December 31, 2013 |
Warren Haynes has been in dozens of musical scenarios since starting his career in the 1980s as a combustible guitar-slinging sideman and front person. He's been a brother within the Allmans' framework, performed with orchestras, and acted as a sessioneer to the diverse likes of Dave Matthews, John Scofield, David Allan Coe, and more. His dense and blustery Gov't Mule put him at the top of the heap of hard-jamming blues players and collaborators. But it was playing with the Dead (once Grateful)
January 6, 2015 |
Beyond an always ferocious, soul-stirring approach to guitar mastery, there's one thing longtime devotees of Gov't Mule and Warren Haynes have come to expect: the unexpected. Whatever twists are possible, Haynes will make them. The Southern-fried bluesman and his tactile, roaring quartet Gov't Mule give fans shows whose second sets ripple with cover versions. Most recently, whole sets of AC/DC and Neil Young songs have speckled their set list. Friday at Upper Darby's Tower Theater, the Mule stuffed songs by Tom Waits, Little Feat, the Bee Gees, Steppenwolf into that night's catalog.
December 28, 2012 |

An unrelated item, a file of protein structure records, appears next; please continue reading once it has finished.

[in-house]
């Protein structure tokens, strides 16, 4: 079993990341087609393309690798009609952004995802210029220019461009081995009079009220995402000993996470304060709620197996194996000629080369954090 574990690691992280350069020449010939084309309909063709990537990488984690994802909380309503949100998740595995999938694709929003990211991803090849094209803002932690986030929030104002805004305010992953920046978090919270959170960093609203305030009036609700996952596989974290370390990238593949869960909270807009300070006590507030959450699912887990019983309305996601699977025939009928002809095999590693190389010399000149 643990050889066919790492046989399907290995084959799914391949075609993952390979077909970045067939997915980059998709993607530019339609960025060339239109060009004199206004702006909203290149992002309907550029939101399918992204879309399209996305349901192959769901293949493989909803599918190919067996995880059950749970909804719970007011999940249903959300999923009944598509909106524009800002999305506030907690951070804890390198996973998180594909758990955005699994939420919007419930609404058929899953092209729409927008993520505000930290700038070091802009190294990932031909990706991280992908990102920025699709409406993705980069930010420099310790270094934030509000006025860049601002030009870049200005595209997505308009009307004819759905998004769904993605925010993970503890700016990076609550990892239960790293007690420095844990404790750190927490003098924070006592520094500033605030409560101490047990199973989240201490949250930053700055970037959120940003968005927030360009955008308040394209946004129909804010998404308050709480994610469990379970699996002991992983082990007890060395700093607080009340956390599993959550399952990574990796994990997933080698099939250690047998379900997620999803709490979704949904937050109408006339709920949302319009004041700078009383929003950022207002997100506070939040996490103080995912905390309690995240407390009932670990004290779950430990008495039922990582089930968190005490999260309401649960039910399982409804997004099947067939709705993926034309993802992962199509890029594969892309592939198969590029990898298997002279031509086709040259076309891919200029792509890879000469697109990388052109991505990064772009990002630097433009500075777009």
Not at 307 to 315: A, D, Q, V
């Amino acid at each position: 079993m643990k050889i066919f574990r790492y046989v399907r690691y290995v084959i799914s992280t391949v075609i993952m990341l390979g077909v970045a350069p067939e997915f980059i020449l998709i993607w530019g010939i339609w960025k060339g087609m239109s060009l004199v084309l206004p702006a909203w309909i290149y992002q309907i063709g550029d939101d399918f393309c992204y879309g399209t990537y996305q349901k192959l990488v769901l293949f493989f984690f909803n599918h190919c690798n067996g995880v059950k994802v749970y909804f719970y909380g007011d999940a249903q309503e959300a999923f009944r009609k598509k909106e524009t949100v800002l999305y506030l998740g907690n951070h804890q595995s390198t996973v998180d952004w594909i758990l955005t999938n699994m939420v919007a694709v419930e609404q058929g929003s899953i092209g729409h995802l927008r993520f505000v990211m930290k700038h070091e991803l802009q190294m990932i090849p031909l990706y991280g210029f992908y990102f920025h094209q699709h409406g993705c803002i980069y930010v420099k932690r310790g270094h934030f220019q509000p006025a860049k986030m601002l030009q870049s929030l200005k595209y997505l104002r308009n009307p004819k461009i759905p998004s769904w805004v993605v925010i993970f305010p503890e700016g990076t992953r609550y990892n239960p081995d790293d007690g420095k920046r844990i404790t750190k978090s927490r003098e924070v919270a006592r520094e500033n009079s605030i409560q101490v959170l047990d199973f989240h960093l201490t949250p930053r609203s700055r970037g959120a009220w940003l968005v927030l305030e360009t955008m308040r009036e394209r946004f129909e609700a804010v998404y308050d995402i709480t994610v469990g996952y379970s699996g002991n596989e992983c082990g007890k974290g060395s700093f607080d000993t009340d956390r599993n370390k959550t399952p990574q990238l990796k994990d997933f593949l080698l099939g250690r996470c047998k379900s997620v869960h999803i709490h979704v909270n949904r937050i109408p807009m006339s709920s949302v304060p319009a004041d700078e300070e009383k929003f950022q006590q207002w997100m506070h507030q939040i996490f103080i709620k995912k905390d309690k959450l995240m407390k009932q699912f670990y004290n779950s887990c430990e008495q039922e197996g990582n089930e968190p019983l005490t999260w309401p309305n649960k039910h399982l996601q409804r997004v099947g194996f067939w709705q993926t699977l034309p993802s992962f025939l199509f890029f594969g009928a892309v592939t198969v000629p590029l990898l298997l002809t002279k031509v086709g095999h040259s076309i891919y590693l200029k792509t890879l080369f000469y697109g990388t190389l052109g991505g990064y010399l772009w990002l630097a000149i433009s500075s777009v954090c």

Gov't Mule has such a massive catalog of songs that front man Warren Haynes says it's unlikely the band will repeat any of them during its two-night run at the Tower Theater. In fact, he says, it's possible that none of the songs played in Philly will even make their way to New York's Beacon Theatre for the quartet's two-night stand there. "It's literally hundreds of songs," the soft-spoken guitarist and singer said. "We usually go for three hours or so. It ends up being a long night, but you're pleasantly exhausted at the end of it. " Based on the fact that Haynes is a full-time member of both Gov't Mule and the Allman Brothers Band - and has a solo career - you'd expect him to be, uh, pleasantly exhausted offstage, too. But the musician, 52, whose controlled intensity nabbed him the No. 23 spot on Rolling Stone's "100 Greatest Guitarists" list, says he is quite energized by his musical path.